Household Safety Checklist
In order to protect you and your family, conduct a thorough safety check of every room in your home on a regular basis. Accidents and injuries may be prevented, and your family will be healthier and safer, when you practice a little prevention.
The following checklist may be printed to help you inspect your home.
Do not leave medications, toiletries, or other household products in drawers or on nightstands.
To avoid accidental injuries or choking, keep penknives, nail files, scissors, and pocket change out of reach of children.
Install a smoke detector in the hallway outside of the bedrooms. Check and change the batteries regularly.
Make certain drapery cords and/or blind cords are well out of reach of children.
Make certain the crib mattress fits snugly.
Crib slats should be placed no wider than 2 and 3/8 inches apart.
Make certain the crib has been put together properly and is not missing screws or bolts - to prevent it from collapsing.
Make sure the crib and other baby furniture are painted with non-lead based paint.
Make certain there is a carpet or rug beneath the crib or changing table to soften the impact if an infant falls.
Make certain drapery cords and/or blind cords are well out of reach of children and away from cribs.
Remove all crib gyms, hanging toys, and decorations from a crib by the time a baby can raise up on hands and knees.
Make sure there is a safety belt on the infant changing table, and that it is used properly every time.
Make sure baby powder and lotions are out of a baby or child's reach. However, make sure the baby powder and lotions are within your reach, so you do not have to leave your infant to reach these items.
If your child can climb out of the crib, consider a youth bed with guard rails, or place the crib mattress on the floor.
Never leave small parts or pieces of a toy(s) in a child's room.
Make certain a night-light is not near or touching drapes or the bedspread. Also, never place towels or other fabric over a lamp to reduce the light in the room, as a fire may start.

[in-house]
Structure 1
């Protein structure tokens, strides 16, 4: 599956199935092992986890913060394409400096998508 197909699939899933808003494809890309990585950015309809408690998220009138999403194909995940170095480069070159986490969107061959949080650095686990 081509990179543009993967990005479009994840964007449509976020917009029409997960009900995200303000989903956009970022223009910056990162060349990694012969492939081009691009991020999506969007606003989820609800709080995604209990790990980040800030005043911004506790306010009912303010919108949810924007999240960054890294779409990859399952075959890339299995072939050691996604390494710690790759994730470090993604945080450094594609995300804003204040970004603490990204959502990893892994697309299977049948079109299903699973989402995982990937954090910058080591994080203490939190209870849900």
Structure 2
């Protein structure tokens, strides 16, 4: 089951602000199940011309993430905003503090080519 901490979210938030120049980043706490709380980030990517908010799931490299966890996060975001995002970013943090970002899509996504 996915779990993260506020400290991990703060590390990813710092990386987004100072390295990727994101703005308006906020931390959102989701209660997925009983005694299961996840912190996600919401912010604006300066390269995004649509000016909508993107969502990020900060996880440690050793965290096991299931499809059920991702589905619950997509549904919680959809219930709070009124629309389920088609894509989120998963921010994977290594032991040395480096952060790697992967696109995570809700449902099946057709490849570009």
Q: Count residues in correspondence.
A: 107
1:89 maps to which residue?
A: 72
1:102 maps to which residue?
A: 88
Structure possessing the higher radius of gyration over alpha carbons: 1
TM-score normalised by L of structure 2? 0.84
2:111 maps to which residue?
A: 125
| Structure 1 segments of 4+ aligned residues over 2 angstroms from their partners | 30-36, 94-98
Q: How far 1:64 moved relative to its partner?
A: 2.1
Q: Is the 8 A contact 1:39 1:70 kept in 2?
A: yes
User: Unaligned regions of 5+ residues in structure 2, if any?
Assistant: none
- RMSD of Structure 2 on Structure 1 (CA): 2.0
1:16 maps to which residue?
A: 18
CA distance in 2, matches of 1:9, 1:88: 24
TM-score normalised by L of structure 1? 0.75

Never place a crib, playpen, or bed near a window.
Make certain window screens are securely in place, or that window guards are present - to prevent a child from falling from a window.
Use plug protectors for all unused wall outlets.
If there is a lid on the toy box, it should not be heavy, hinged, or lockable. Children may crawl inside and become trapped.
Put a nonskid bathmat on the floor and a nonskid mat or decals in the bathtub.
Protect all electrical outlets with ground fault circuit interrupters.
Store medications, cosmetics, toiletries, and cleansers well out of reach of children. Put childproof caps on all medications if you have children younger than 8 years of age.
When children are present, put child-resistant safety latches on all cabinets storing harmful substances such as toiletries, cleaners, and medications.
Store electrical appliances, such as hair dryers and curling irons, out of reach of children.
Always unplug appliances before leaving them unattended, no matter how briefly.
To avoid accidental scalding, make certain the tap water temperature is set no higher than 120° F.
Never leave a child or disabled person unattended in a bathroom where there is a tub, sink, or bucket containing water - not even for a moment.
Keep toilet lids closed.
Do not store vitamins (or medications) on the kitchen table, counter top, or window sill.
Make certain knives, scissors, and other sharp utensils are out of reach of children.
Store dishwasher detergent and other cleaning supplies in their original containers and out of reach of children.
When children are present, install child resistant safety latches on all cabinets and drawers within a child's reach.
Keep chairs and step stools away from counters and stoves.
Always turn pot handles inward when cooking on the stove. Use back burners whenever possible.
Keep the toaster out of the reach of toddlers.
Make certain appliance cords are not dangling, so they cannot be pulled from a counter.
Unplug appliances and extension cords when not in use.